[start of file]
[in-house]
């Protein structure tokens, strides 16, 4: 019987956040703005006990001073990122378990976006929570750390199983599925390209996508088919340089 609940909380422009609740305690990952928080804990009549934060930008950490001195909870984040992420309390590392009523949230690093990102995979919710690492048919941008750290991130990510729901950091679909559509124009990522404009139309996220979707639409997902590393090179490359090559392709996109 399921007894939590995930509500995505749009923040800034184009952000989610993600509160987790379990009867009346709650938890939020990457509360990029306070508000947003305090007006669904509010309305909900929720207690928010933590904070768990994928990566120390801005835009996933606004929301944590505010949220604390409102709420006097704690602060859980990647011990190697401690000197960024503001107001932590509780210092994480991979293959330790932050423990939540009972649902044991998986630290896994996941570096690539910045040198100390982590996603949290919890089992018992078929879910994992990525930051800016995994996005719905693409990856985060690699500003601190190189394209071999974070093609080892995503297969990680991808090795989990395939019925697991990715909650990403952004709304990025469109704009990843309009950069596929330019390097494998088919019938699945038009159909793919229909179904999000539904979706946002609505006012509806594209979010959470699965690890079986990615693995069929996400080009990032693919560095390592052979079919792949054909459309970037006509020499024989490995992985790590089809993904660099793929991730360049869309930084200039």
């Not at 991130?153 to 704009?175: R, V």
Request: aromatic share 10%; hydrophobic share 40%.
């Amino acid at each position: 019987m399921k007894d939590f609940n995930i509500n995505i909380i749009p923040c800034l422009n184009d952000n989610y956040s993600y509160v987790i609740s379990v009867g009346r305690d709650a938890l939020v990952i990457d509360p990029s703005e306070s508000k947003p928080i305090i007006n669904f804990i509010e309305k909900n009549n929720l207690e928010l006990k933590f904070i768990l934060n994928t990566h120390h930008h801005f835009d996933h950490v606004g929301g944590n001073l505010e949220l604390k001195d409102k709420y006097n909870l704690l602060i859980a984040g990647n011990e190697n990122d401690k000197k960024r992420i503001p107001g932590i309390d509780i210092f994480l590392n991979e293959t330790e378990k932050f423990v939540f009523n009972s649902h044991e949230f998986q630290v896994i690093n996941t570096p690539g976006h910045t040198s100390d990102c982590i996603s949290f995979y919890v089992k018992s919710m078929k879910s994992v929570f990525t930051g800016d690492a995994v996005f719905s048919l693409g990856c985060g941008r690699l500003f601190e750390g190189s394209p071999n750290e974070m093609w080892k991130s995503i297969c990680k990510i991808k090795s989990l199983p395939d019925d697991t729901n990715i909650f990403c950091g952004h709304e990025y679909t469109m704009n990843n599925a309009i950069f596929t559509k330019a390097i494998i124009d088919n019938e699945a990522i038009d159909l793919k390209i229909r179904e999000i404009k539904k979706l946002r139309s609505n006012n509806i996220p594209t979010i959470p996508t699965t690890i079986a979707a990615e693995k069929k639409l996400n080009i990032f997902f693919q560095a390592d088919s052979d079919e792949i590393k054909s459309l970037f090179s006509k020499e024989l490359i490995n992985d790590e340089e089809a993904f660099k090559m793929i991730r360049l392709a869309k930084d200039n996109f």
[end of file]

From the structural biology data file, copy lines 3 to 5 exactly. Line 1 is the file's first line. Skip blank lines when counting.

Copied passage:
């Not at 991130?153 to 704009?175: R, V």
Request: aromatic share 10%; hydrophobic share 40%.
């Amino acid at each position: 019987m399921k007894d939590f609940n995930i509500n995505i909380i749009p923040c800034l422009n184009d952000n989610y956040s993600y509160v987790i609740s379990v009867g009346r305690d709650a938890l939020v990952i990457d509360p990029s703005e306070s508000k947003p928080i305090i007006n669904f804990i509010e309305k909900n009549n929720l207690e928010l006990k933590f904070i768990l934060n994928t990566h120390h930008h801005f835009d996933h950490v606004g929301g944590n001073l505010e949220l604390k001195d409102k709420y006097n909870l704690l602060i859980a984040g990647n011990e190697n990122d401690k000197k960024r992420i503001p107001g932590i309390d509780i210092f994480l590392n991979e293959t330790e378990k932050f423990v939540f009523n009972s649902h044991e949230f998986q630290v896994i690093n996941t570096p690539g976006h910045t040198s100390d990102c982590i996603s949290f995979y919890v089992k018992s919710m078929k879910s994992v929570f990525t930051g800016d690492a995994v996005f719905s048919l693409g990856c985060g941008r690699l500003f601190e750390g190189s394209p071999n750290e974070m093609w080892k991130s995503i297969c990680k990510i991808k090795s989990l199983p395939d019925d697991t729901n990715i909650f990403c950091g952004h709304e990025y679909t469109m704009n990843n599925a309009i950069f596929t559509k330019a390097i494998i124009d088919n019938e699945a990522i038009d159909l793919k390209i229909r179904e999000i404009k539904k979706l946002r139309s609505n006012n509806i996220p594209t979010i959470p996508t699965t690890i079986a979707a990615e693995k069929k639409l996400n080009i990032f997902f693919q560095a390592d088919s052979d079919e792949i590393k054909s459309l970037f090179s006509k020499e024989l490359i490995n992985d790590e340089e089809a993904f660099k090559m793929i991730r360049l392709a869309k930084d200039n996109f």